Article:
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Kuo Vadis?

October 24, 2006

David Kuo was not previously a household name, but he seems to be everywhere these days. Former Special Assistant to the President for Faith-Based Initiatives, he has an impressive resume and certainly gives the impression of being a man of integrity and intelligence. His years in the Bush administration have led him to write a “very personal” account of his experiences, intended, as I take it, to sound a word of caution to his fellow conservative Christians(Tempting Faith: An Inside Story of Political Seduction). Arriving in Washington with high hopes for the “compassionate conservative” agenda, some defining moments left him with considerable disillusionment with some fellow Republicans in the administration. Specifically, he discovered that some in the party considered the conservative Christian element to be “useful idiots” who could be used to get out the vote in return for lip service and the occasional policy trinket now and then.

If Kuo felt used and abused by his own party before, what is he now that he has become “useful” for the opponents of all that he has stood for lo these many years? Released two weeks before the mid-term elections, his ruminations and revelations may well serve to disaffect and disengage a percentage of the so-called “values voters.” If the Democrats regain a house of Congress, pundits will likely intone “Foley and Kuo” in a single breath; strange bedfellows indeed.

Conservative comrades in arms, who may otherwise have applauded his message, are asking, slack-jawed, “Why now, David?” His response is the “I wuz had” defense; it seems his contract called for a release date of early next year, well after the dust of the election would have settled. It is hard to blame Simon and Schuster, however; published on schedule, Kuo’s magnum opus would be gracing the bargain table at Family Bookstores by Easter. Nor is it clear that 60 Minutes would have given him the time of day. To hear him on the talk shows, he appears genuinely nonplussed at the turn of events. Naive though he may be, at the end of the day, this David still has four of his smooth stones, and they turn out to be nuggets of gold.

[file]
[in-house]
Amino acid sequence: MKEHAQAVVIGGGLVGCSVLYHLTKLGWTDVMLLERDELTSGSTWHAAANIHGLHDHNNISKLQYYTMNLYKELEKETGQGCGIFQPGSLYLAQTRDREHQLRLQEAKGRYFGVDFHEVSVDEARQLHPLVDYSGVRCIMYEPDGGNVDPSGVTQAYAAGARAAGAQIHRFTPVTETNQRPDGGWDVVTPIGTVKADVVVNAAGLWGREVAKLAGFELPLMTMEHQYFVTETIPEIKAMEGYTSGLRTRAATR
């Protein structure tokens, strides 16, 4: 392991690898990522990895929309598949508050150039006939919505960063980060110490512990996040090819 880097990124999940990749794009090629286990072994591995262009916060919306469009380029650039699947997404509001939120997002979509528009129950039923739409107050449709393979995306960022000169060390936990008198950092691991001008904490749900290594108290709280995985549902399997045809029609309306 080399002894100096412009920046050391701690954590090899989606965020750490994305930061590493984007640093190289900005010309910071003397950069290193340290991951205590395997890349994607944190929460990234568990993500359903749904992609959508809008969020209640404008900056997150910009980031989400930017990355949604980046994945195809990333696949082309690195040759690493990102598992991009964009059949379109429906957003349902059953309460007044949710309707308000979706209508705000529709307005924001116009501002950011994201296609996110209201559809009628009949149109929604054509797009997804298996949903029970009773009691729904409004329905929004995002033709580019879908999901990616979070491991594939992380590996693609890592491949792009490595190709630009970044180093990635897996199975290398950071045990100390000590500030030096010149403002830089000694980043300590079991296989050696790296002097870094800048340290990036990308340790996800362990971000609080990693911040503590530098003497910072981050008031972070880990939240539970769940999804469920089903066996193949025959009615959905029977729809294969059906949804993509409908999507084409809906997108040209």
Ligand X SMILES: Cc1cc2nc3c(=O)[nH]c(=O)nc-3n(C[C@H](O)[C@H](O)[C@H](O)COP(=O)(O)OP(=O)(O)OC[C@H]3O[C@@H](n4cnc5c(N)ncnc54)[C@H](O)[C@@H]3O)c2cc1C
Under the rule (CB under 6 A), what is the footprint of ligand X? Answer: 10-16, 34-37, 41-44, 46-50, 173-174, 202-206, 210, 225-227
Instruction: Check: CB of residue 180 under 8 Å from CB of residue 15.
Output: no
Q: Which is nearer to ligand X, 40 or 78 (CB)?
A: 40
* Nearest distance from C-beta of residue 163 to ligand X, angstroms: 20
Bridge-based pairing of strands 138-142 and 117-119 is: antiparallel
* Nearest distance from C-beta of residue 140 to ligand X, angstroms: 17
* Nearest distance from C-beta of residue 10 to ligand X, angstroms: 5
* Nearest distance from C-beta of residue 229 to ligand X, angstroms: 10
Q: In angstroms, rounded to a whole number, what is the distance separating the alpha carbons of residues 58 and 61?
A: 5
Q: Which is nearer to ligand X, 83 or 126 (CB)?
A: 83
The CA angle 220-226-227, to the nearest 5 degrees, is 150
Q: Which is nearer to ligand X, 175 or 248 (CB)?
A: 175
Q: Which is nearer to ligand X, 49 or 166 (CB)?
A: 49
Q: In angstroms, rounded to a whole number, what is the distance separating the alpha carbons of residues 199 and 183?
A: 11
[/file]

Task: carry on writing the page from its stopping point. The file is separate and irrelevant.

Ironically, the impact of his book may obscure its message, which may well be worth hearing. He calls for fellow religious conservatives to take a fast from politics to regain their spiritual bearings. Good idea; I’m thinking of taking mine during the next Clinton administration. Still it is always the right moment to reaffirm one’s priorities. Could it be that for the average unchurched Harry, the only thing he knows about evangelicals is that the evangel has something to do with “tax cuts for the rich?”

Truth be told, between the wild-eyed paranoia of the Christophobes and the star-spangled banter of some on the so-called religious right, I am not so sure that the relationship between spiritual and political concerns has been rightly understood. Two or three decades into the phenomenon, the days when Christians stood aloof from civil discourse because politics was “dirty” is now only a distant memory for the most seasoned citizens. Still, elements in our society who oppose what we value are eager to see a pendulum swing back to the days of political quietism.

From my vantage point, the beginnings go back as far as the Francis Schaeffer book and film tours of the late seventies. How Shall We Then Live ? brought the significance of world-view into focus, while Whatever Happened to the Human Race? specifically called believers to action in regard to legalized abortion. The fact that the “Reagan Revolution” took place a year after the second of these tours is no coincidence, especially since Schaeffer’s coauthor on the second book, C. Everett Koop, would soon afterward become President Reagan’s Surgeon General.

Since that time politically-engaged Christians have been accused of being power hungry, having misplaced priorities, trying to convert the world through political means, trying to establish a theocracy in America, and turning their back on the gospel. So what is the truth? What is the rationale behind these last decades of Christian involvement in public affairs? Is there any Biblical justification?